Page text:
Palin Admits to Global Warming, Says Drilling Can Help Curb It
The former Republican vice presidential nominee has at long last admitted that global warming is a problem, but sticks to ‘Drill, baby drill’, contending that an increase in drilling for natural gas can help curb its effects.
At a hearing hosted Tuesday by Interior Secretary Ken Salazar to discuss the future of offshore energy development on the nation’s Outer Continental Shelf (OCS), Alaska Gov. Sarah Palin, long considered to be a denier to the global warming phenomenon, has finally, and blatantly, conceded that it’s causing harm to her state.
“We Alaskans are living with the changes that you are observing in Washington,” she said. “The dramatic decreases in the extent of summer sea ice, increased coastal erosion, melting of permafrost, decrease in alpine glaciers and overall ecosystem changes are very real to us.”
But the governor’s solution to the problem is not going to make environmentalists any less hostile to her opinions than they previously were. Palin insists that the solution to the deterioration of Alaska’s ecosystem will come from further drilling – which surely won’t go down well with opponents of “Drill, baby drill”.
She wants to increase the use of natural gas in order to replace currently used dirtier fuels to meet the goals of stemming the effects of global warming.
“Many believe that in order to mitigate these long term and systematic changes it will require a national and global effort to decrease the release of human produced greenhouse gases into the atmosphere,” she said. “However, simply waiting for low carbon emitting renewable capacity to be large enough will mean that it will be too late to meet the mitigation goals for reducing CO2 that will be required under most credible climate change models.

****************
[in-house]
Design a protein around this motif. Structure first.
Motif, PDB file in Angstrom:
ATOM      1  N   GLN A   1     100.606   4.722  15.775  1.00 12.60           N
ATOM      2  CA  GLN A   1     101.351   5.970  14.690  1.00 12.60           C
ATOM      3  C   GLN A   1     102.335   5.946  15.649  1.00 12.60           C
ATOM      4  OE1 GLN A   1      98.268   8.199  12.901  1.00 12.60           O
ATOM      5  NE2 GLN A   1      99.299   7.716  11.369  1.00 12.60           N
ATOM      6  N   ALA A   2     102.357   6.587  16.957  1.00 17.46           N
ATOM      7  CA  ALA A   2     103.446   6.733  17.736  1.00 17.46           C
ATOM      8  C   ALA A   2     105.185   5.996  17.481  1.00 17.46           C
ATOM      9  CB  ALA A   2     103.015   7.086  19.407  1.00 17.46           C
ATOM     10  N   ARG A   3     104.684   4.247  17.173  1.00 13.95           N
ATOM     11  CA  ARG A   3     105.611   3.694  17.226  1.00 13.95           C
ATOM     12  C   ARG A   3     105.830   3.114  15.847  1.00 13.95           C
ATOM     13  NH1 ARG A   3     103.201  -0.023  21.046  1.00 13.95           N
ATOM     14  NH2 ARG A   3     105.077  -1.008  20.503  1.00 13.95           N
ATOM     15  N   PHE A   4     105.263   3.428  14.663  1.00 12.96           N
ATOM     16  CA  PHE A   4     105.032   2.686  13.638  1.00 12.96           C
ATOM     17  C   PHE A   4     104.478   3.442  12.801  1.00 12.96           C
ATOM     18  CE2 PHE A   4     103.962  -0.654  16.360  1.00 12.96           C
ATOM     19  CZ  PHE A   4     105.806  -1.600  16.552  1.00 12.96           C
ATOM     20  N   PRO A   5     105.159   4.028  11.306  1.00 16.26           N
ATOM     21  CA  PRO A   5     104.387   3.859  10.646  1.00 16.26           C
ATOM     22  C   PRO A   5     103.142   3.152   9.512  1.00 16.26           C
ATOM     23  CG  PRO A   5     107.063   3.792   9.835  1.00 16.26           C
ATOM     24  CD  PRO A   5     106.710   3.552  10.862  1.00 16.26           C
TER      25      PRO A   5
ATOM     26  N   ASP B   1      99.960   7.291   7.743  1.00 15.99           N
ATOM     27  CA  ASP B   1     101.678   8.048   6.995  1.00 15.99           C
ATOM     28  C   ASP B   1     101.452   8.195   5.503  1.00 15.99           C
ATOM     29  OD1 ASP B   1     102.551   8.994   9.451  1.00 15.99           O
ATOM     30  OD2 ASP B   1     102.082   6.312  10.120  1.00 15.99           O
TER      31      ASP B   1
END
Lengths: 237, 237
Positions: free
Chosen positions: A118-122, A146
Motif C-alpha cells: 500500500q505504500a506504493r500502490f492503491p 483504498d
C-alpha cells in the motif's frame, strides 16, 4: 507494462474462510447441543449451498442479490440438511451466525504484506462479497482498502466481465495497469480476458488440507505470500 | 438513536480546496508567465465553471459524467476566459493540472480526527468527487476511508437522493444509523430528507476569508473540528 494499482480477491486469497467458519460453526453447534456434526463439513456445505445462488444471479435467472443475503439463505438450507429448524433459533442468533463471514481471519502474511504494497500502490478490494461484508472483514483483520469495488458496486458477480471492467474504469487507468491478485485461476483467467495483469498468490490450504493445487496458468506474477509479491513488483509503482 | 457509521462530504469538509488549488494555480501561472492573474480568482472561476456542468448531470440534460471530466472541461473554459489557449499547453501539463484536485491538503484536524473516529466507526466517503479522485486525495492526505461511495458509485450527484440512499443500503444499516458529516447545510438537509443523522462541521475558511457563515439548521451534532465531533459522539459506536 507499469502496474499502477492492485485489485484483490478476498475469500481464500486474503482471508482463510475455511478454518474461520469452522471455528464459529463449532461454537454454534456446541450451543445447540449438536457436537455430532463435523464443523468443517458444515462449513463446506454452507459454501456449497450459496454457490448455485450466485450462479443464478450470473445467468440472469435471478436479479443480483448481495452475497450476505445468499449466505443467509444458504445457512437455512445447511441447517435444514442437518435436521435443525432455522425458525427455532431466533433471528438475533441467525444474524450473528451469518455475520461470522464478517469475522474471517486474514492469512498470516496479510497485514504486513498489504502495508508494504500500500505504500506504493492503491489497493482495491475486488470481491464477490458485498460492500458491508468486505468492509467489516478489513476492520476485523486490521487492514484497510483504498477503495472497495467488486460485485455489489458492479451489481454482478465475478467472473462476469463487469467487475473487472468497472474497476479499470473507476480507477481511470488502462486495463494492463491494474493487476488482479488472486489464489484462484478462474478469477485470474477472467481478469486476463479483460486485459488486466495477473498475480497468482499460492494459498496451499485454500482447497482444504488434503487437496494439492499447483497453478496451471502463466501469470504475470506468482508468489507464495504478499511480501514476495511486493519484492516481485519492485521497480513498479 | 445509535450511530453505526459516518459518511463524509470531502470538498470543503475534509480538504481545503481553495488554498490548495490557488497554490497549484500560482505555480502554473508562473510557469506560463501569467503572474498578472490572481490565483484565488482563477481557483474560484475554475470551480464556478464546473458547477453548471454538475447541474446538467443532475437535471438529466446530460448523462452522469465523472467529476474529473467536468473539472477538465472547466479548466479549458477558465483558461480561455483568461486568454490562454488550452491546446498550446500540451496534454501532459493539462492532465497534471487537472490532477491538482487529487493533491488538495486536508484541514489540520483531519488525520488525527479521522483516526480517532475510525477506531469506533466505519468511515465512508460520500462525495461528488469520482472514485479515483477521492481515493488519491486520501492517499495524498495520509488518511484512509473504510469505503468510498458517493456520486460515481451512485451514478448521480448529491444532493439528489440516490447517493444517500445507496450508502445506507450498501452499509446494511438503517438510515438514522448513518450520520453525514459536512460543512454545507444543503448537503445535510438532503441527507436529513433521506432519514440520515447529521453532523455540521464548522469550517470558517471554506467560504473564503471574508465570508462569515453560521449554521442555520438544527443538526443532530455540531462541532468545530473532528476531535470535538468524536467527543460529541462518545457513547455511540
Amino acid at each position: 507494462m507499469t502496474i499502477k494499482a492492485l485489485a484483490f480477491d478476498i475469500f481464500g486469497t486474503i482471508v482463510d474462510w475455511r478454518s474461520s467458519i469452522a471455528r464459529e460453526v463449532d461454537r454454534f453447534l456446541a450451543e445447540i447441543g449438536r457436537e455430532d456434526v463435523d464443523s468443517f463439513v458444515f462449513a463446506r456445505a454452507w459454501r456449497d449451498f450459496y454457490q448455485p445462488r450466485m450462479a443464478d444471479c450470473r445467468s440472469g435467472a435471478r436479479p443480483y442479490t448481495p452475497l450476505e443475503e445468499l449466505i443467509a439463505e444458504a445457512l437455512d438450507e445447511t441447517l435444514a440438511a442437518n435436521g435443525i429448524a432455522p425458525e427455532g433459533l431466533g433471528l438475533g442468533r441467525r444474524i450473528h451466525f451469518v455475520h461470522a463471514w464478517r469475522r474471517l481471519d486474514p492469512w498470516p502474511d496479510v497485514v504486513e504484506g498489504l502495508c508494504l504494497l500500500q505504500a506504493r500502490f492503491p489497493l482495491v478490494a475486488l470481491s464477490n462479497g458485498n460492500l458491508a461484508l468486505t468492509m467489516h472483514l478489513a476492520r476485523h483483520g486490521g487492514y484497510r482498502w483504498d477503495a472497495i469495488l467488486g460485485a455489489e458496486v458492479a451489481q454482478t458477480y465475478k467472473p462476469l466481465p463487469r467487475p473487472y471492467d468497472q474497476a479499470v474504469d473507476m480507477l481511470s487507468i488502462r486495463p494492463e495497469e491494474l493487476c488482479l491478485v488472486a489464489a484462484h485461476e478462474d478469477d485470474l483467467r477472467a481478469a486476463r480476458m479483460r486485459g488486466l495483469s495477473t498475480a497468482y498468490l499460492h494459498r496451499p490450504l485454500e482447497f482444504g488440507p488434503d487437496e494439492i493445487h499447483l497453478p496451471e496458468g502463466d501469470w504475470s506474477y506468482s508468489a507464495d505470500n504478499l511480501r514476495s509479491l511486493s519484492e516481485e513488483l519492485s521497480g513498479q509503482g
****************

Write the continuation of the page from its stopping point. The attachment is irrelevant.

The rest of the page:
“There is no way to achieve these goals in the next few decades without a dramatic increase in domestic natural gas and a strong effort to modestly increase domestic oil production,” Palin said. “Keeping Alaska’s OCS [outer continental shelf] lease sales, exploration, and development programs on schedule, especially in the Beaufort Sea and Chukchi Sea, is critically important to this effort.
“Stopping domestic energy production of preferred fuels does not solve the issues associated with global warming and threatened or endangered species, but it can make them worse,” she said.
During the 2008 Presidential campaign, the drilling issue was a frequent, and oft-argued, topic. The McCain-Palin camp were big proponents of utilizing the nation’s oil and gas reserves to assist in the overall energy solution.
In her comments, Palin seems to say that humans are playing a role in climate change. But not everyone is smiling at the apparent about-face.
“I don’t know if this signals an official change in her thinking,” said Cindy Shogan, executive director of the Alaska Wilderness League. “But she is a pretty savvy politician and ‘maverick,’ and I think she sees the writing on the wall that there’s going to be some legislation and some administrative action on climate change, that this is something she’s going to need to address.”
Alaska’s outer continental shelf — federal waters generally located three miles offshore — could hold about 27 billion barrels of recoverable oil and 132 trillion cubic feet of natural gas, according to government estimates.
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